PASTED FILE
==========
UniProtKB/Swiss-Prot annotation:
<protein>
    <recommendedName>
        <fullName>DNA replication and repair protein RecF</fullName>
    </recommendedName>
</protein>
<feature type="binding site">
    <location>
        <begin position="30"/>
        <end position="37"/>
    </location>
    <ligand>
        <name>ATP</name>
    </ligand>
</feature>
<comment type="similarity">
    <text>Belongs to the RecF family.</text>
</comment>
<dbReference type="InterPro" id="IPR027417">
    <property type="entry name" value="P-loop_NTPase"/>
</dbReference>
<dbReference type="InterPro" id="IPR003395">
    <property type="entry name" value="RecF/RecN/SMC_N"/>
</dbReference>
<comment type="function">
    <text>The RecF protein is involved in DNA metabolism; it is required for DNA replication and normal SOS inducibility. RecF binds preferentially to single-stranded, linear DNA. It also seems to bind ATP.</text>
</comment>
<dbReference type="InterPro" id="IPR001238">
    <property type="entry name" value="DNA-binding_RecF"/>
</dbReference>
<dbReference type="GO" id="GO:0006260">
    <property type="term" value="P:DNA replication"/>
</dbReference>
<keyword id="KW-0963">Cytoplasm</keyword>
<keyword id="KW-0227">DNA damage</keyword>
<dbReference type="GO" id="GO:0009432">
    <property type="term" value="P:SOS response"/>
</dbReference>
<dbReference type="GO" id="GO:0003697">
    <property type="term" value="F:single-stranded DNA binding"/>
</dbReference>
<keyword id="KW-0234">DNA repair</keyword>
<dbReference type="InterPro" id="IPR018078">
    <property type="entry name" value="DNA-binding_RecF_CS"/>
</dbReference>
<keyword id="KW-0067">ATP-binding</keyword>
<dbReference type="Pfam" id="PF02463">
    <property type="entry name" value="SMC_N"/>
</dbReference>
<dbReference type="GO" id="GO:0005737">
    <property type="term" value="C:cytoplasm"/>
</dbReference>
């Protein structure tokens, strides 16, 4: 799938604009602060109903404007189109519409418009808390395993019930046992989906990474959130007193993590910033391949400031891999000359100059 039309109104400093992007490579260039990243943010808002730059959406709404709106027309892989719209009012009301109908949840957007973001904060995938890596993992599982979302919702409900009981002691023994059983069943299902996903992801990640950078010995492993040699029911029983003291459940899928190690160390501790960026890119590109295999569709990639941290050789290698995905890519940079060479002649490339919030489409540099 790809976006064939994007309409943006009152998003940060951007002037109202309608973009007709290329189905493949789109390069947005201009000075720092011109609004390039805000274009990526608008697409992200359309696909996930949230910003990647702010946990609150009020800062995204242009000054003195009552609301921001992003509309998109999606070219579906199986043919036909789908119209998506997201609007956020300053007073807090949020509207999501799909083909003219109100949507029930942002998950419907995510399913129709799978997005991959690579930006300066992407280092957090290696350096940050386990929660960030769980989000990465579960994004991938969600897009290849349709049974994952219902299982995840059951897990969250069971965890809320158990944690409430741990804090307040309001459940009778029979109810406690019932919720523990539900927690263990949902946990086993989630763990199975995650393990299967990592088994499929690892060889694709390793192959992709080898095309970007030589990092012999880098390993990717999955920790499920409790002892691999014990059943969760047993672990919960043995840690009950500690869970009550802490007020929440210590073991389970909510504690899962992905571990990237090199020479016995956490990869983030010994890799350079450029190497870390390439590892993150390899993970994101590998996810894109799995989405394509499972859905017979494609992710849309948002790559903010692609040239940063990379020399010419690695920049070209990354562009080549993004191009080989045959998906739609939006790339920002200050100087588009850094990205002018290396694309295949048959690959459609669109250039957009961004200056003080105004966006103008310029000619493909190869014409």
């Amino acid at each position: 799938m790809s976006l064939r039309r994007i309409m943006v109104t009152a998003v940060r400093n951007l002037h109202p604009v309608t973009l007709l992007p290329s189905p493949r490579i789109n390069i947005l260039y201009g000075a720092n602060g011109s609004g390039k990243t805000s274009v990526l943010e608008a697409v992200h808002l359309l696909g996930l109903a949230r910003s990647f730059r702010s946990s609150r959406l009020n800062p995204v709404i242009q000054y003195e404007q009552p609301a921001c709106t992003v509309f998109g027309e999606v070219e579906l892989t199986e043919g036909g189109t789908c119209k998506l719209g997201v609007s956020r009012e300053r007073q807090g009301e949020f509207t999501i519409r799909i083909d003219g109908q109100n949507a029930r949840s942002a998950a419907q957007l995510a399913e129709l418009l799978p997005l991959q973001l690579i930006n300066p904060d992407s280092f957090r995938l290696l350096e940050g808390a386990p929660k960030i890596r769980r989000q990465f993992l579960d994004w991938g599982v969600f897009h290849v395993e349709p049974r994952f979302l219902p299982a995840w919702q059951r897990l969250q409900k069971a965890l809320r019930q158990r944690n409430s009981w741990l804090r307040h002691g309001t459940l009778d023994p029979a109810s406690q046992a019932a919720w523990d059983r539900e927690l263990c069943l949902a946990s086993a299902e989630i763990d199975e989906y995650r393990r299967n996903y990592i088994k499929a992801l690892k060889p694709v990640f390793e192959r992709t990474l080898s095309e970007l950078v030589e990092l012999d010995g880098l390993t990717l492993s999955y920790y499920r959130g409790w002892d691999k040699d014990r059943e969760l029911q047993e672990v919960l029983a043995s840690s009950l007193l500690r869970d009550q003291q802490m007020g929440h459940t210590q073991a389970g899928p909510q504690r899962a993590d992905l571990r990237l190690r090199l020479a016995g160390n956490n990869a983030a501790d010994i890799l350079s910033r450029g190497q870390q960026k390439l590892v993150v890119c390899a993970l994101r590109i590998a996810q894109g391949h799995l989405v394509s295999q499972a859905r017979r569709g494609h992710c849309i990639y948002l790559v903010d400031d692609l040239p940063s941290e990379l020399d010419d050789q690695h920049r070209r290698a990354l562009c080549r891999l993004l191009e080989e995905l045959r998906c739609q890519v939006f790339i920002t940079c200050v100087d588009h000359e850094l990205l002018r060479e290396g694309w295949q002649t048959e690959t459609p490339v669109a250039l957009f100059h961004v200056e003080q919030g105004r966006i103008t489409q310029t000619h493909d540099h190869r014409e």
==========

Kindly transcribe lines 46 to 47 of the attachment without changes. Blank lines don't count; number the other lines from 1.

<keyword id="KW-0067">ATP-binding</keyword>
<dbReference type="Pfam" id="PF02463">